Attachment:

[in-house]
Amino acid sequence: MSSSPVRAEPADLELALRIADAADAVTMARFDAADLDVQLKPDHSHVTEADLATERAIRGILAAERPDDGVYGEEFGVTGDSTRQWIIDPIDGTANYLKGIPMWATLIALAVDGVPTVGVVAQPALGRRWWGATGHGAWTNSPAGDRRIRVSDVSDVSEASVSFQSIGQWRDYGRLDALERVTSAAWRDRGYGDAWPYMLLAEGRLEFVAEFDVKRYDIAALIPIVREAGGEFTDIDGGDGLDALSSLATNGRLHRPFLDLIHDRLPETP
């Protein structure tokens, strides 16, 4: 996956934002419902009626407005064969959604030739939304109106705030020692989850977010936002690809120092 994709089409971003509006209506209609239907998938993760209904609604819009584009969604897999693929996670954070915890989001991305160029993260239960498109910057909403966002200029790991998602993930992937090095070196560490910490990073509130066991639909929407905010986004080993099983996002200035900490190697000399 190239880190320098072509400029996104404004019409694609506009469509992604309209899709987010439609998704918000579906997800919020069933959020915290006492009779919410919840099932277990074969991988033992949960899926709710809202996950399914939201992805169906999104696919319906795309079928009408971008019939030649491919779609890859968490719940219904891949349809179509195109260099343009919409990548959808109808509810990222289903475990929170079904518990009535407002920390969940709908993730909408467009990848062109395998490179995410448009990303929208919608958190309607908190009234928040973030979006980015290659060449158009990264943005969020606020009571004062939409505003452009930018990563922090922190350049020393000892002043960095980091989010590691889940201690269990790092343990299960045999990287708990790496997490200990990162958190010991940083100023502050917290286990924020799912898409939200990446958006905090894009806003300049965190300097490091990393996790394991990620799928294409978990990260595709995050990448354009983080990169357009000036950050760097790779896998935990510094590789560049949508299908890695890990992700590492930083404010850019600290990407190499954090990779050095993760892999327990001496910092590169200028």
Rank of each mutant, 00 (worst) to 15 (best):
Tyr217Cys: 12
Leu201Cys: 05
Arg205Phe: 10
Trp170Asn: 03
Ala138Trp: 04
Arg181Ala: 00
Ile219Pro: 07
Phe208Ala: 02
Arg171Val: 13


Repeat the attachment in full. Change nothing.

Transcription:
[in-house]
Amino acid sequence: MSSSPVRAEPADLELALRIADAADAVTMARFDAADLDVQLKPDHSHVTEADLATERAIRGILAAERPDDGVYGEEFGVTGDSTRQWIIDPIDGTANYLKGIPMWATLIALAVDGVPTVGVVAQPALGRRWWGATGHGAWTNSPAGDRRIRVSDVSDVSEASVSFQSIGQWRDYGRLDALERVTSAAWRDRGYGDAWPYMLLAEGRLEFVAEFDVKRYDIAALIPIVREAGGEFTDIDGGDGLDALSSLATNGRLHRPFLDLIHDRLPETP
């Protein structure tokens, strides 16, 4: 996956934002419902009626407005064969959604030739939304109106705030020692989850977010936002690809120092 994709089409971003509006209506209609239907998938993760209904609604819009584009969604897999693929996670954070915890989001991305160029993260239960498109910057909403966002200029790991998602993930992937090095070196560490910490990073509130066991639909929407905010986004080993099983996002200035900490190697000399 190239880190320098072509400029996104404004019409694609506009469509992604309209899709987010439609998704918000579906997800919020069933959020915290006492009779919410919840099932277990074969991988033992949960899926709710809202996950399914939201992805169906999104696919319906795309079928009408971008019939030649491919779609890859968490719940219904891949349809179509195109260099343009919409990548959808109808509810990222289903475990929170079904518990009535407002920390969940709908993730909408467009990848062109395998490179995410448009990303929208919608958190309607908190009234928040973030979006980015290659060449158009990264943005969020606020009571004062939409505003452009930018990563922090922190350049020393000892002043960095980091989010590691889940201690269990790092343990299960045999990287708990790496997490200990990162958190010991940083100023502050917290286990924020799912898409939200990446958006905090894009806003300049965190300097490091990393996790394991990620799928294409978990990260595709995050990448354009983080990169357009000036950050760097790779896998935990510094590789560049949508299908890695890990992700590492930083404010850019600290990407190499954090990779050095993760892999327990001496910092590169200028």
Rank of each mutant, 00 (worst) to 15 (best):
Tyr217Cys: 12
Leu201Cys: 05
Arg205Phe: 10
Trp170Asn: 03
Ala138Trp: 04
Arg181Ala: 00
Ile219Pro: 07
Phe208Ala: 02
Arg171Val: 13